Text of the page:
Europe in the midst of reconstruction and rejuvenation. Two years after the end of World War 2, a devastated Europe struggled to get back on its feet. Food was scarce, the infrastructure was shattered and being slowly pieced back together. Political upheavals were taking place. The presence of Communism was everywhere and parties were springing up from Prague to London, with disenfranchised and displaced filling the ranks and flooding the streets.
The West was countering this perceived threat from Moscow in the form of Secretary of State General George C. Marshall‘s plan for economic recovery in Europe – and there was talk of a union of European nations, a North Atlantic Treaty Organization and the United Nations, taking the place of the dismantled and failed League Of Nations.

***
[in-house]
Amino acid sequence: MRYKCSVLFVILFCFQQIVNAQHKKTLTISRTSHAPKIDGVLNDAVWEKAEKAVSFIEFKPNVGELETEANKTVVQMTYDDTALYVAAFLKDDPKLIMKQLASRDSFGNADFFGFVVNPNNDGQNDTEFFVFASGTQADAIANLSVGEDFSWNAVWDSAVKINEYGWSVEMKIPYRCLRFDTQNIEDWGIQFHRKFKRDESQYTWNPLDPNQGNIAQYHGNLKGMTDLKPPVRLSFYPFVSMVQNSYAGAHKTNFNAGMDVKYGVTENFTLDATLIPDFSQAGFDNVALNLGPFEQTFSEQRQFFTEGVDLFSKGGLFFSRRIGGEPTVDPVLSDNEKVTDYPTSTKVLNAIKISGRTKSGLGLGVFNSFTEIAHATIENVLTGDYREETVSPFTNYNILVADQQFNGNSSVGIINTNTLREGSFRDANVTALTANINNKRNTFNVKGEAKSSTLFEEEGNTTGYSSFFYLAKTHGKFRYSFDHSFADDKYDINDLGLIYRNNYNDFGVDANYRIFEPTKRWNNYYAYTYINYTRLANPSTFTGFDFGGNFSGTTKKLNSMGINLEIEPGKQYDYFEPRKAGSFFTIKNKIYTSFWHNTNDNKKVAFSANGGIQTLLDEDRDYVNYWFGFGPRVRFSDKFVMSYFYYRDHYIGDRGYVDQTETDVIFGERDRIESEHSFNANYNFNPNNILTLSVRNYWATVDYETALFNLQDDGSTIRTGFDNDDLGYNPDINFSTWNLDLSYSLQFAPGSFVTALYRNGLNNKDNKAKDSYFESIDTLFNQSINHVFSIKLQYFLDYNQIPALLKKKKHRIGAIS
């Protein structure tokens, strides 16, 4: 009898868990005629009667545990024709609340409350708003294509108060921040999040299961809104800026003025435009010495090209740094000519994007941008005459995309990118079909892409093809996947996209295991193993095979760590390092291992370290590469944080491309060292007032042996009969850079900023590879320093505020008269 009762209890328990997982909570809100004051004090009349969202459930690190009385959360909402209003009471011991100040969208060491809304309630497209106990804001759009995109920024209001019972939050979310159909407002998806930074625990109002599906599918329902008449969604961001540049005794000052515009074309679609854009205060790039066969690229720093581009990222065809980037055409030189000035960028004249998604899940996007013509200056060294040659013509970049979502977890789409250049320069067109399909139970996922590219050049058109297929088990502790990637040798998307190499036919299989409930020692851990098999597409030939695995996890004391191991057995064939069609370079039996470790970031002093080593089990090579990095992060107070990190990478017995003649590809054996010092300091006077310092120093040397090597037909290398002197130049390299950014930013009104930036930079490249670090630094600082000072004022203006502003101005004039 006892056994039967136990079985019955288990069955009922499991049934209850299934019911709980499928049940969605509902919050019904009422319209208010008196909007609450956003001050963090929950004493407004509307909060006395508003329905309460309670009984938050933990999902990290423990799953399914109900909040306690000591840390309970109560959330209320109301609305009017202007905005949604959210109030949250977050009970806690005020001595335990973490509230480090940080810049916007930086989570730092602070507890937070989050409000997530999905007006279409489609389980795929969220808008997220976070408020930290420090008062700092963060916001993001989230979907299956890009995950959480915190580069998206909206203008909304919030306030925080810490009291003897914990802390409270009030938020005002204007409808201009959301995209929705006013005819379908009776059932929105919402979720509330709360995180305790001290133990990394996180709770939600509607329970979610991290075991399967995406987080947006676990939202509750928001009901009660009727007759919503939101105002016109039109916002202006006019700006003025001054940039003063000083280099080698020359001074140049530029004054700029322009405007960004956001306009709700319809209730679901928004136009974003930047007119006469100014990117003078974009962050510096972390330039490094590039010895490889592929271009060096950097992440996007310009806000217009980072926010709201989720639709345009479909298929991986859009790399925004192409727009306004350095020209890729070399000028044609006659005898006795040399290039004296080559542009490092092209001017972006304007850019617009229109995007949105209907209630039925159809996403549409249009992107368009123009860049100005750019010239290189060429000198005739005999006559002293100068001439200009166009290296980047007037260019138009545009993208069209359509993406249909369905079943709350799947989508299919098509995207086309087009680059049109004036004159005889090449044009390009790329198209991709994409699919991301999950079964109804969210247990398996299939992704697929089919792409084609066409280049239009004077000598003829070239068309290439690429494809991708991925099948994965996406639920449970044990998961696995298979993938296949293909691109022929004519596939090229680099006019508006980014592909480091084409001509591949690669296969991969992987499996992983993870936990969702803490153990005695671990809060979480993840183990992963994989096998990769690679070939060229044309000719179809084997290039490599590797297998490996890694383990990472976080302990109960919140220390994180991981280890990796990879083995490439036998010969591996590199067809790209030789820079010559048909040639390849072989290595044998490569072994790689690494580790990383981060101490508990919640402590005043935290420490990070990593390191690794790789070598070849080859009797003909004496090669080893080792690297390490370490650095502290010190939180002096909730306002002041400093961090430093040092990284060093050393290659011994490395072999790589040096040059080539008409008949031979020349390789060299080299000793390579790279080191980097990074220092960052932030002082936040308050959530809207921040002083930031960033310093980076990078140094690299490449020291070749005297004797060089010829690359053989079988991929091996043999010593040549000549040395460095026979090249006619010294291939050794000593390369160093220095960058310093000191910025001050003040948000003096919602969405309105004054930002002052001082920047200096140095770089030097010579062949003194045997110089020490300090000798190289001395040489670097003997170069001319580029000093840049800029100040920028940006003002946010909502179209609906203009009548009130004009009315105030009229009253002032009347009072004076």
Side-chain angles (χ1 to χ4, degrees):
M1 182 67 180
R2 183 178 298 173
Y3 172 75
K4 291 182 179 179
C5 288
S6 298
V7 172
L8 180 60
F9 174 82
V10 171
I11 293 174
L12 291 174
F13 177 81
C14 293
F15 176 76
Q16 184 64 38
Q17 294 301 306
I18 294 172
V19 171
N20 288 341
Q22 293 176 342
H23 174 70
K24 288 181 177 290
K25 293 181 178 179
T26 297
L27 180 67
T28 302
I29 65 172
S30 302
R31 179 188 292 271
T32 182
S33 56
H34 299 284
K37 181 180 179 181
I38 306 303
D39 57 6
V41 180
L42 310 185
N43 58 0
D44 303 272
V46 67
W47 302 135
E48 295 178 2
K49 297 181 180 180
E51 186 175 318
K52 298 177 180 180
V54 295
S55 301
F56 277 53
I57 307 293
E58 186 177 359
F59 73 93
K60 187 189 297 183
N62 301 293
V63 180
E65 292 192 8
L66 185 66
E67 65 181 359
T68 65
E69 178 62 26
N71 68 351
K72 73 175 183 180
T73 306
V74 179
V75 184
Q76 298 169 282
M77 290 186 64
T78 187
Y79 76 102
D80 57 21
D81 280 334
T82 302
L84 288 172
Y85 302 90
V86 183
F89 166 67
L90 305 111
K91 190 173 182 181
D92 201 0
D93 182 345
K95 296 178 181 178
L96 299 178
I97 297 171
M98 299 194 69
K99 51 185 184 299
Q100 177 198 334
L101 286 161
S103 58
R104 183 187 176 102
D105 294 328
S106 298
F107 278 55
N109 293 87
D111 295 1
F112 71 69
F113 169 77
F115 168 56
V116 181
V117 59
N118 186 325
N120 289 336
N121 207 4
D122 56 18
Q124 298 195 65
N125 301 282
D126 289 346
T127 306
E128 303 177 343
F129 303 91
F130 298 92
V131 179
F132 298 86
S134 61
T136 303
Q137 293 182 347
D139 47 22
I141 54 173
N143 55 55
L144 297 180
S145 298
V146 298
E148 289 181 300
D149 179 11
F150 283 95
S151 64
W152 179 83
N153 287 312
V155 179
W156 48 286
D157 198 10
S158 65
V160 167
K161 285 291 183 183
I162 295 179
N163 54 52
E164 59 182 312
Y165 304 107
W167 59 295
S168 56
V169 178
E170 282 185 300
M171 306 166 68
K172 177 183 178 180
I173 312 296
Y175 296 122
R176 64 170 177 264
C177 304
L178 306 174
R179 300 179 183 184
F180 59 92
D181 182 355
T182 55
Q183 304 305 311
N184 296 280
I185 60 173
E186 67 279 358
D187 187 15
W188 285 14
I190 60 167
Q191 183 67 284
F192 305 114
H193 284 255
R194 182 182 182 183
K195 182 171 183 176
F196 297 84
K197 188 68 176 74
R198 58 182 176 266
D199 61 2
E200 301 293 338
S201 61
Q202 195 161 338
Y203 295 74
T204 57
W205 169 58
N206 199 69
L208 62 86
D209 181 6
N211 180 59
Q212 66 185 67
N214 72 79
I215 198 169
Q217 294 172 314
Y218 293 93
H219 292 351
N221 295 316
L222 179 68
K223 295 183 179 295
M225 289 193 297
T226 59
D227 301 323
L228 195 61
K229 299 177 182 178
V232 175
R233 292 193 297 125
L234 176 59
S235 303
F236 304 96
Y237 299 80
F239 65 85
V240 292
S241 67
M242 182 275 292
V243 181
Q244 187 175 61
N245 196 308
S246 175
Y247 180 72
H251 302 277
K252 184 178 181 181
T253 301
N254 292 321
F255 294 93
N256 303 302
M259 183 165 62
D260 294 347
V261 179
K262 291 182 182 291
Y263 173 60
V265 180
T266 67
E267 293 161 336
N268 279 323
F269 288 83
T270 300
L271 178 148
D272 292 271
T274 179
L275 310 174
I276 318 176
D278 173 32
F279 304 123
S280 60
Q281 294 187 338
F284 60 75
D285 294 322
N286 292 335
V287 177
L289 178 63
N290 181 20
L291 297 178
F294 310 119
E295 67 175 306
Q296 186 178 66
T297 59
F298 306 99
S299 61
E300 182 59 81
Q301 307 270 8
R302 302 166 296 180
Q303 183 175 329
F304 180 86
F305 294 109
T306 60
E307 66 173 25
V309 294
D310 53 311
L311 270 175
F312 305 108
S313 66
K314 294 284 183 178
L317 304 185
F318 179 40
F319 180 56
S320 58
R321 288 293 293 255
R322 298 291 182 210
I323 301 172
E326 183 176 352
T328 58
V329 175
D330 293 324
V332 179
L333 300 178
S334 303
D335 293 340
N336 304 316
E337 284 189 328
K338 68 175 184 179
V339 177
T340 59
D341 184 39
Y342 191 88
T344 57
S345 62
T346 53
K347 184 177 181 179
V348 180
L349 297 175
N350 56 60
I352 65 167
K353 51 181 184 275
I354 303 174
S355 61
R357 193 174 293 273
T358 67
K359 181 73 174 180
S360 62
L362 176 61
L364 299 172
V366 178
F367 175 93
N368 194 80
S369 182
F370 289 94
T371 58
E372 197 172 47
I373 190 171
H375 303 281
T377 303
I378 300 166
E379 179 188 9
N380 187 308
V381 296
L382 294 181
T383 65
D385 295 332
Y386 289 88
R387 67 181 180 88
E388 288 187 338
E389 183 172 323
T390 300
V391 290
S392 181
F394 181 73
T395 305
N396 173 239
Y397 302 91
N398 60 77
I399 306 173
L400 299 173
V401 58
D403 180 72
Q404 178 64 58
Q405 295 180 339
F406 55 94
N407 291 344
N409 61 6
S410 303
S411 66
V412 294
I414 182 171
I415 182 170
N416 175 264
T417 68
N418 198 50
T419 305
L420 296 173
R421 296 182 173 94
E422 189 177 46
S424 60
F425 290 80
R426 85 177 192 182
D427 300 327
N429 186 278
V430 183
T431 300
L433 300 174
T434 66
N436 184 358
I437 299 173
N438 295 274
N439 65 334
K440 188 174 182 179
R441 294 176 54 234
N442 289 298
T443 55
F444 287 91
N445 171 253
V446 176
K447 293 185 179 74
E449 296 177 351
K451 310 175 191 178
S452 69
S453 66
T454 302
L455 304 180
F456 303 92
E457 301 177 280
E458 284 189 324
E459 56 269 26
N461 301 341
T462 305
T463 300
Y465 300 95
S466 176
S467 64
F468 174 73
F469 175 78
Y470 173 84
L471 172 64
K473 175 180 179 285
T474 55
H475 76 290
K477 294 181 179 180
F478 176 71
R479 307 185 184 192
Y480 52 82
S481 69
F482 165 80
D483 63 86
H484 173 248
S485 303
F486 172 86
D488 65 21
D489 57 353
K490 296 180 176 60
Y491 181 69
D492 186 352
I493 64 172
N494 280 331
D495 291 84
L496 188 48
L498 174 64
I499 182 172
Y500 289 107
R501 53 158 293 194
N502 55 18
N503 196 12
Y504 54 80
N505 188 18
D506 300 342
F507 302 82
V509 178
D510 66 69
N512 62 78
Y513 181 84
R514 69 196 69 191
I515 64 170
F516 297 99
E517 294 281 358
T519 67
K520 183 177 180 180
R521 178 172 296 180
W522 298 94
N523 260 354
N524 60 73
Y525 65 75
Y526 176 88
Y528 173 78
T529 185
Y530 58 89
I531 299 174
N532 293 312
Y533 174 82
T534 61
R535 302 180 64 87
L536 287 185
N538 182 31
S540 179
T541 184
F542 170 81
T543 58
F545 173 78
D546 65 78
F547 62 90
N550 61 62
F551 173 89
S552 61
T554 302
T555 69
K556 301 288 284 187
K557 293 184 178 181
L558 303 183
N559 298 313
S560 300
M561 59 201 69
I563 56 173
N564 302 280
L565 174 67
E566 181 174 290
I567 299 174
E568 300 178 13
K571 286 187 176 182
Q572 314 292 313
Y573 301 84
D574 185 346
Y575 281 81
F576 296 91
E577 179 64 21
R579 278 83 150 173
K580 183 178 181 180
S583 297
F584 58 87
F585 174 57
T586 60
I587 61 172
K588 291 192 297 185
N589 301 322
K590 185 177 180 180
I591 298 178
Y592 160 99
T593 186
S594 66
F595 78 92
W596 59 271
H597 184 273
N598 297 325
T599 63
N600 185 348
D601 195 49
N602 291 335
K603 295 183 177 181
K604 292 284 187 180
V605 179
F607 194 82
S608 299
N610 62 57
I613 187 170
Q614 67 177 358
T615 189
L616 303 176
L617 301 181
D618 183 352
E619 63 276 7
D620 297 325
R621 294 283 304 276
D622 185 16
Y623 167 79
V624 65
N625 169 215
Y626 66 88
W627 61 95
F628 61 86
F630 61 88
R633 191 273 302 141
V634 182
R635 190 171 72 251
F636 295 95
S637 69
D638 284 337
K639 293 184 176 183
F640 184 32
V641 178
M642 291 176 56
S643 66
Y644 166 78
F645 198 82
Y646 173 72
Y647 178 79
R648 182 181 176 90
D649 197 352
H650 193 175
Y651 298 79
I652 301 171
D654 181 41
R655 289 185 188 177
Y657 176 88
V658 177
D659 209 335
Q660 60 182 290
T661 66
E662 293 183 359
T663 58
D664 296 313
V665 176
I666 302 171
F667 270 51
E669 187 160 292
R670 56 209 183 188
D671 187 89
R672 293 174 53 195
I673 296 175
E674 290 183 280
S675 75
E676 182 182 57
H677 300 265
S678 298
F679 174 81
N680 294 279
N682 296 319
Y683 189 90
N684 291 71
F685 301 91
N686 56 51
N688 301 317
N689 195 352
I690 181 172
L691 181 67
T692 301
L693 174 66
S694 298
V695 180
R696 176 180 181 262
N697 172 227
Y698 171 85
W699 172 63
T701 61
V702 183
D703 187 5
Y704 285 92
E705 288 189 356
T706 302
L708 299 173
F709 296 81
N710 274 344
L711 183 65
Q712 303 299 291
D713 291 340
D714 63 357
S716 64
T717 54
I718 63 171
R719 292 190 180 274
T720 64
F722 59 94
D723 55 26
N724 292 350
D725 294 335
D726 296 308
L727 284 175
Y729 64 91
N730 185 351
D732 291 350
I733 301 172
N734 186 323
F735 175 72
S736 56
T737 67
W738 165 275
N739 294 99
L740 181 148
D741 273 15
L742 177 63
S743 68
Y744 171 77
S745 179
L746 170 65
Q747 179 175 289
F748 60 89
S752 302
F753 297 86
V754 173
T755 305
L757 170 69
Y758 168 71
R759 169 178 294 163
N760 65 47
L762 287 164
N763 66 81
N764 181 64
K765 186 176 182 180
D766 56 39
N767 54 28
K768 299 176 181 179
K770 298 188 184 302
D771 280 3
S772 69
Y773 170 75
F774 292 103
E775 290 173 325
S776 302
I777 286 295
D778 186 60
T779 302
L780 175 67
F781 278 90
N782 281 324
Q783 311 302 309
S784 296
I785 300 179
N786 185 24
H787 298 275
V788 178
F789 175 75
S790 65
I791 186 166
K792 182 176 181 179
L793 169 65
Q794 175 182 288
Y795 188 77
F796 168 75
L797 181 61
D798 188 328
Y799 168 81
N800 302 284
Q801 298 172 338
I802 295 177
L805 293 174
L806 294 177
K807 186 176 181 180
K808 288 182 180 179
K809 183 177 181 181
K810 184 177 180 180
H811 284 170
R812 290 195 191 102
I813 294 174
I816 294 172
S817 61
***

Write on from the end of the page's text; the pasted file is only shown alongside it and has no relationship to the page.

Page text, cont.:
But it was a time for ideologies to compete – who had the better plan and who was listening. It was, for all intents and purposes, a popularity contest and the prize was Europe, those parts not already under the influence of The Iron Curtain. But aside from the surface notion, there were deeper issues. And for all the talk that those Eastern European countries who had already fallen under the influence of Moscow, not all of them were Communist and not all of them believe in Communist economics, but who were convinced, nevertheless that their countries were making material progress. And that it was Russian influence and Russian help and Communist guidance that was bringing this progress to them.
This program, part of the Sunday radio series A Time For Reason, presented by CBS News, was narrated by Lyman Bryson, director of Public Affairs for CBS Radio, who was reporting from Paris, having just finished a fact-finding tour of Europe. He gives a talk on his observations – looking at the political and economic atmosphere of Europe, post-War.
Fascinating listening and gives a better understanding of the Cold War, as well as how and why it came about.
Here is that talk by Lyman Bryson, as given on August 31, 1947 for A Time Of Reason from CBS Radio.